An Orange-Barred Sulphur Butterfly was busily laying eggs on a
Bush while I fruitlessly tried to photograph her in the process. They
are extremely fast butterflies.
Here is one of her eggs:
When butterfly caterpillars hatch, they are extremely tiny. They eat,
and quickly outgrow their skin, so they shed it. It's a lot like Blue
Crabs shedding their shell (so we can eat yummy soft crabs) as they
Butterfly caterpillars go through five growth stages called
The first instar is the caterpillar straight out of the egg. The second
through fifth instars each follow a skin shedding. Most butterfly
caterpillars look different each time they shed their skin, some more
Once the caterpillar has shed its skin four times, and is a fifth instar larvae,
it continues to devour its host plant until its ready to become a
chrysalis. Then it finds a safe place to attach itself, sheds its skin a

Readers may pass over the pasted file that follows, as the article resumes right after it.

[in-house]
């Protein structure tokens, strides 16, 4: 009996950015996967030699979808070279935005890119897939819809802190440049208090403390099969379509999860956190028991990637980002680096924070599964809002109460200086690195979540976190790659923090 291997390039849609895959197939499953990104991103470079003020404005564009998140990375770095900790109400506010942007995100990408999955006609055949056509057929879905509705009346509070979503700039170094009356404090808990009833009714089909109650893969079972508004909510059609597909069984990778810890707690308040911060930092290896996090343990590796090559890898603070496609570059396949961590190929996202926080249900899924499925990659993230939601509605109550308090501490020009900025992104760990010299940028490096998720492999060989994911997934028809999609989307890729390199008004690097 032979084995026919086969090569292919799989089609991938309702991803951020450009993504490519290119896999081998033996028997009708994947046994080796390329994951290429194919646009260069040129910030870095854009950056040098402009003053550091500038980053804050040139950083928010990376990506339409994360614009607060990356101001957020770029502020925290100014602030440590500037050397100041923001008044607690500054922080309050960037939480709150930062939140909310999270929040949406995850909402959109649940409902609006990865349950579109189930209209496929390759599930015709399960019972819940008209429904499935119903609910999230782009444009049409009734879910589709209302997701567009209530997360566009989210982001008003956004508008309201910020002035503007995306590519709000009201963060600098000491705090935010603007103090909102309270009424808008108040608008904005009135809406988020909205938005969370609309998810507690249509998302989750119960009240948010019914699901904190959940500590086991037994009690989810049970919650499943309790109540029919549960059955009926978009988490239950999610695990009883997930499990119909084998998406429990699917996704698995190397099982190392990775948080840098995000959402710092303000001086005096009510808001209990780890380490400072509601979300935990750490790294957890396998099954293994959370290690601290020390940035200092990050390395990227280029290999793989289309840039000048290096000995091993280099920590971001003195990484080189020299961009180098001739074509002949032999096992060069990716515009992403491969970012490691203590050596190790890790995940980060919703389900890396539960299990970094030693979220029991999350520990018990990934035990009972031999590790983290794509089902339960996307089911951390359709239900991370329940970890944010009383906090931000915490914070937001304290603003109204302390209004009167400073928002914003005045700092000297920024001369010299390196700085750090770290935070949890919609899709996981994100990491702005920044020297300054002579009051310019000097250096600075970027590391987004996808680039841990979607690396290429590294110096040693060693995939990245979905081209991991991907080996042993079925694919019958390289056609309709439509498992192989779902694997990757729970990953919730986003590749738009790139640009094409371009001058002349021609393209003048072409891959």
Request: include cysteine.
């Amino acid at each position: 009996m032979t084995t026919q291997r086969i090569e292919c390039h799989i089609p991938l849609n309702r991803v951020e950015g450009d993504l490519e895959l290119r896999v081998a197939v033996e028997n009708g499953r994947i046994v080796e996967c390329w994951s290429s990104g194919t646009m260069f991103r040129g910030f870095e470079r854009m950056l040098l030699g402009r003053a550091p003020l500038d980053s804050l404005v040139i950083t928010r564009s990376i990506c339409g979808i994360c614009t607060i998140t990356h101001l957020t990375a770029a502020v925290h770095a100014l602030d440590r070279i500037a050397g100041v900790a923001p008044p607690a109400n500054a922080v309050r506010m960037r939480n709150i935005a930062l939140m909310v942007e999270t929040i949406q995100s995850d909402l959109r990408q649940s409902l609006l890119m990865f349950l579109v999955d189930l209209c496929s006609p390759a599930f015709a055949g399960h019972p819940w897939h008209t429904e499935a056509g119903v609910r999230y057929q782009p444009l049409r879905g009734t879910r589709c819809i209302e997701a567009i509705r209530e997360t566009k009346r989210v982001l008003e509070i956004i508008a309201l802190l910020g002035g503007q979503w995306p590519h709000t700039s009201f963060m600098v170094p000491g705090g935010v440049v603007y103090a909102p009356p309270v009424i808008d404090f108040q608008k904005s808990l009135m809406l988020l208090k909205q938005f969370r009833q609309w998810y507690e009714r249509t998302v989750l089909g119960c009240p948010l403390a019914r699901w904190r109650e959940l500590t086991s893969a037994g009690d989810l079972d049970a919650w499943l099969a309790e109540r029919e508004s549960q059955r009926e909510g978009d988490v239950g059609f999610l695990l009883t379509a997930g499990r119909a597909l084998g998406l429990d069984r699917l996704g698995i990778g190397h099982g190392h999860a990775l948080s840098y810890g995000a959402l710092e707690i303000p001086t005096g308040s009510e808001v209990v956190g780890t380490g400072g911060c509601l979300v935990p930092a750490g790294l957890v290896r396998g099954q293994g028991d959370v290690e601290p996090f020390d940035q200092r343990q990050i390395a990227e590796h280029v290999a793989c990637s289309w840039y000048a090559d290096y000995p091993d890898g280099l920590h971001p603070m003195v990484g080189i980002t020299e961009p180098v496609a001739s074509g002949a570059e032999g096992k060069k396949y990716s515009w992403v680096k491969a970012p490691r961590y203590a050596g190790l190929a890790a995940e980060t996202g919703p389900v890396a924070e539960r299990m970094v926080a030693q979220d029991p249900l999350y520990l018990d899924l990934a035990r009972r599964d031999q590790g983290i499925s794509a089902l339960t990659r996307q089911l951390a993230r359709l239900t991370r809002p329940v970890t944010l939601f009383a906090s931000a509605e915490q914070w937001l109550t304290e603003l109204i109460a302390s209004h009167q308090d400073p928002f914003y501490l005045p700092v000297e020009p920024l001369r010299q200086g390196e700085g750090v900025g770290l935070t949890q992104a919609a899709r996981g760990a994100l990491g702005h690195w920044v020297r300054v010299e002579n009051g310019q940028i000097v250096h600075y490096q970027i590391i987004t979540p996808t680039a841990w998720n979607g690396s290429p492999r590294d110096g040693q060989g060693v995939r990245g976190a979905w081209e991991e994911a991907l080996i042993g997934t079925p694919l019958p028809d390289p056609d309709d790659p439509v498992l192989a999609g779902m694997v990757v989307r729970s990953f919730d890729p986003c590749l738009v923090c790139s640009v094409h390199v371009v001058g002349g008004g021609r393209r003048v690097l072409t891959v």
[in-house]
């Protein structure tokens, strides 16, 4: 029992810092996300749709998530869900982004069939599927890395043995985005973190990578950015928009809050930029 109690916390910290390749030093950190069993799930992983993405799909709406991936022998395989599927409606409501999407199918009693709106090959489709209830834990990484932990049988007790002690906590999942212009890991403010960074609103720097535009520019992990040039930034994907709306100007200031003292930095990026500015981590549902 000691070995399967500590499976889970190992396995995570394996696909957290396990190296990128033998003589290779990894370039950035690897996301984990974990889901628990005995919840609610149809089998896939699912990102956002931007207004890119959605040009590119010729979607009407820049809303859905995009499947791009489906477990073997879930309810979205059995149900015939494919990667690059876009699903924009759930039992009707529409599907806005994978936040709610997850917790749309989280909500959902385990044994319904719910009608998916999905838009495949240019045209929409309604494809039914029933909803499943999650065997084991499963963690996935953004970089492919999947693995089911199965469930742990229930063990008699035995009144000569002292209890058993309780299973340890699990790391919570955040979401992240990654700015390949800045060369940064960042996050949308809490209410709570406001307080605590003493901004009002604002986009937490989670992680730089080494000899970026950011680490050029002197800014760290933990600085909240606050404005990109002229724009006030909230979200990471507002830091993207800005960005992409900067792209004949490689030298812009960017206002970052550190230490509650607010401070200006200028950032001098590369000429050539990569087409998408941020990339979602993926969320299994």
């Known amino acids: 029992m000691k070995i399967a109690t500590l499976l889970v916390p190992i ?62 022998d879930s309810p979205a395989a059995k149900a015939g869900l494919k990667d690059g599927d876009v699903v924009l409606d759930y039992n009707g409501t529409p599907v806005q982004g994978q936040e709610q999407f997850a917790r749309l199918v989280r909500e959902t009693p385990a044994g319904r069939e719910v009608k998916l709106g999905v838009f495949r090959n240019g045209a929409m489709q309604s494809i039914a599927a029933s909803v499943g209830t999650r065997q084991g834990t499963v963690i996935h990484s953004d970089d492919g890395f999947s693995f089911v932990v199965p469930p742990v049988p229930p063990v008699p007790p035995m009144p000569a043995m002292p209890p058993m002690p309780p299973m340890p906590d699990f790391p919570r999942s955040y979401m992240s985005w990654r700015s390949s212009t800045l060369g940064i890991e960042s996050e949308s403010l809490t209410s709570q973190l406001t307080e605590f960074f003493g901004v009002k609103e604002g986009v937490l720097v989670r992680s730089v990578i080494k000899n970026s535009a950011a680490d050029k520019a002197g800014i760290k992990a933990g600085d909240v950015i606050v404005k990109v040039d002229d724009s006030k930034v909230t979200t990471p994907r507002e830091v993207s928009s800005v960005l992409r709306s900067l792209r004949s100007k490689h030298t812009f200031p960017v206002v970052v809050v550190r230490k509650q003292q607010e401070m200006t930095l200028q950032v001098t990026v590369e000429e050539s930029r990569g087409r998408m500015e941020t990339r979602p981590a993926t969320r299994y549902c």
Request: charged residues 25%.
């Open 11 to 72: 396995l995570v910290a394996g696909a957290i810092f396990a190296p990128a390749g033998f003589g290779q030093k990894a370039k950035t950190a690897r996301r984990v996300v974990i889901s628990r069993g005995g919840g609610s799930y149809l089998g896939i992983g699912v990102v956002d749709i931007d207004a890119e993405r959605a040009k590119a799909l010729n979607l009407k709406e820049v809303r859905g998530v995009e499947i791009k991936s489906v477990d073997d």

final time, and turns into a chrysalis, but I digress... back to those
Here you can see four instars of the larval stage of the Orange-Barred
Sulphur Butterfly. The first instar is extremely tiny, thus difficult to
photograph, therefore not here (yet.)
While I admired and photographed these little eating machines, I noticed
some unfortunate caterpillars on the same Cassia.
Hummm... it seems that we have a murder mystery on our Cassia. What is
killing the caterpillars?
Not far away from the bodies, another caterpillar fell victim to a
hungry spined soldier bug:
As I moved in to get closer photographs, the spined soldier bug retreated into the
foliage with its prey.
I grabbed it.
I'm somewhat fond of many of my bugs, but this particular bug will not
be feasting on any more butterfly caterpillars!